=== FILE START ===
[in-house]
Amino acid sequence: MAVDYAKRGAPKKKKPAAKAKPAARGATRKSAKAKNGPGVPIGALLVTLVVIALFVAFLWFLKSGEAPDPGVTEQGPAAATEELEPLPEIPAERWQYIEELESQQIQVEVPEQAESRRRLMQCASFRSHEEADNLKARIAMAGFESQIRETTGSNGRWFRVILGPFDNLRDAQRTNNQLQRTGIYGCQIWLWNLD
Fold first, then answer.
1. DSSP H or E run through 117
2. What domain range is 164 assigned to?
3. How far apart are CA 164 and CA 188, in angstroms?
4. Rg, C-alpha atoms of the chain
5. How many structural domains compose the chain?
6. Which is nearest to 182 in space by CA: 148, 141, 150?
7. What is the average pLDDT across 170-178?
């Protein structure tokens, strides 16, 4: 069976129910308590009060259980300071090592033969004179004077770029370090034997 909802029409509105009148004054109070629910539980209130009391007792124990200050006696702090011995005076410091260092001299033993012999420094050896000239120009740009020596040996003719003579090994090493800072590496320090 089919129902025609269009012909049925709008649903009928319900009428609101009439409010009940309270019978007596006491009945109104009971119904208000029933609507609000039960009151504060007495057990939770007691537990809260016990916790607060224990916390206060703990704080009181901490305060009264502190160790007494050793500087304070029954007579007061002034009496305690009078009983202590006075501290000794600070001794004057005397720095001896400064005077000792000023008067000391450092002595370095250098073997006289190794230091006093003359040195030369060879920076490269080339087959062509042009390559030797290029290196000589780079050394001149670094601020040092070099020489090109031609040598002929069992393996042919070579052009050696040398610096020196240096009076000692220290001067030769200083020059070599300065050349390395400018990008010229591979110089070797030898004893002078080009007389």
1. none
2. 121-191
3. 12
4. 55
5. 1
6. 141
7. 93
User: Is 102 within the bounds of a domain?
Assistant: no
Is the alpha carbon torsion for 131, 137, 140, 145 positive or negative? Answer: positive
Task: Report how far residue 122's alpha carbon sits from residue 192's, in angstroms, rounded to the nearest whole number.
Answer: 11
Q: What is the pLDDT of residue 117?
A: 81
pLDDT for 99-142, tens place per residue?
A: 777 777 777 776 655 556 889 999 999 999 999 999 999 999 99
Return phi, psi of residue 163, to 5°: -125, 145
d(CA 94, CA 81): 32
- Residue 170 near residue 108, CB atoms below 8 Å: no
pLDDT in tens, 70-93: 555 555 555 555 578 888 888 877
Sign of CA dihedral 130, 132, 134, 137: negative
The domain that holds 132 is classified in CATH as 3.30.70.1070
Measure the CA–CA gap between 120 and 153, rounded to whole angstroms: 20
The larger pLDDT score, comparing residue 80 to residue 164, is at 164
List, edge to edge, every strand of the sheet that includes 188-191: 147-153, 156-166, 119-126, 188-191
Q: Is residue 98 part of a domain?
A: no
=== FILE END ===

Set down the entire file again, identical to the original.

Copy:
[in-house]
Amino acid sequence: MAVDYAKRGAPKKKKPAAKAKPAARGATRKSAKAKNGPGVPIGALLVTLVVIALFVAFLWFLKSGEAPDPGVTEQGPAAATEELEPLPEIPAERWQYIEELESQQIQVEVPEQAESRRRLMQCASFRSHEEADNLKARIAMAGFESQIRETTGSNGRWFRVILGPFDNLRDAQRTNNQLQRTGIYGCQIWLWNLD
Fold first, then answer.
1. DSSP H or E run through 117
2. What domain range is 164 assigned to?
3. How far apart are CA 164 and CA 188, in angstroms?
4. Rg, C-alpha atoms of the chain
5. How many structural domains compose the chain?
6. Which is nearest to 182 in space by CA: 148, 141, 150?
7. What is the average pLDDT across 170-178?
């Protein structure tokens, strides 16, 4: 069976129910308590009060259980300071090592033969004179004077770029370090034997 909802029409509105009148004054109070629910539980209130009391007792124990200050006696702090011995005076410091260092001299033993012999420094050896000239120009740009020596040996003719003579090994090493800072590496320090 089919129902025609269009012909049925709008649903009928319900009428609101009439409010009940309270019978007596006491009945109104009971119904208000029933609507609000039960009151504060007495057990939770007691537990809260016990916790607060224990916390206060703990704080009181901490305060009264502190160790007494050793500087304070029954007579007061002034009496305690009078009983202590006075501290000794600070001794004057005397720095001896400064005077000792000023008067000391450092002595370095250098073997006289190794230091006093003359040195030369060879920076490269080339087959062509042009390559030797290029290196000589780079050394001149670094601020040092070099020489090109031609040598002929069992393996042919070579052009050696040398610096020196240096009076000692220290001067030769200083020059070599300065050349390395400018990008010229591979110089070797030898004893002078080009007389």
1. none
2. 121-191
3. 12
4. 55
5. 1
6. 141
7. 93
User: Is 102 within the bounds of a domain?
Assistant: no
Is the alpha carbon torsion for 131, 137, 140, 145 positive or negative? Answer: positive
Task: Report how far residue 122's alpha carbon sits from residue 192's, in angstroms, rounded to the nearest whole number.
Answer: 11
Q: What is the pLDDT of residue 117?
A: 81
pLDDT for 99-142, tens place per residue?
A: 777 777 777 776 655 556 889 999 999 999 999 999 999 999 99
Return phi, psi of residue 163, to 5°: -125, 145
d(CA 94, CA 81): 32
- Residue 170 near residue 108, CB atoms below 8 Å: no
pLDDT in tens, 70-93: 555 555 555 555 578 888 888 877
Sign of CA dihedral 130, 132, 134, 137: negative
The domain that holds 132 is classified in CATH as 3.30.70.1070
Measure the CA–CA gap between 120 and 153, rounded to whole angstroms: 20
The larger pLDDT score, comparing residue 80 to residue 164, is at 164
List, edge to edge, every strand of the sheet that includes 188-191: 147-153, 156-166, 119-126, 188-191
Q: Is residue 98 part of a domain?
A: no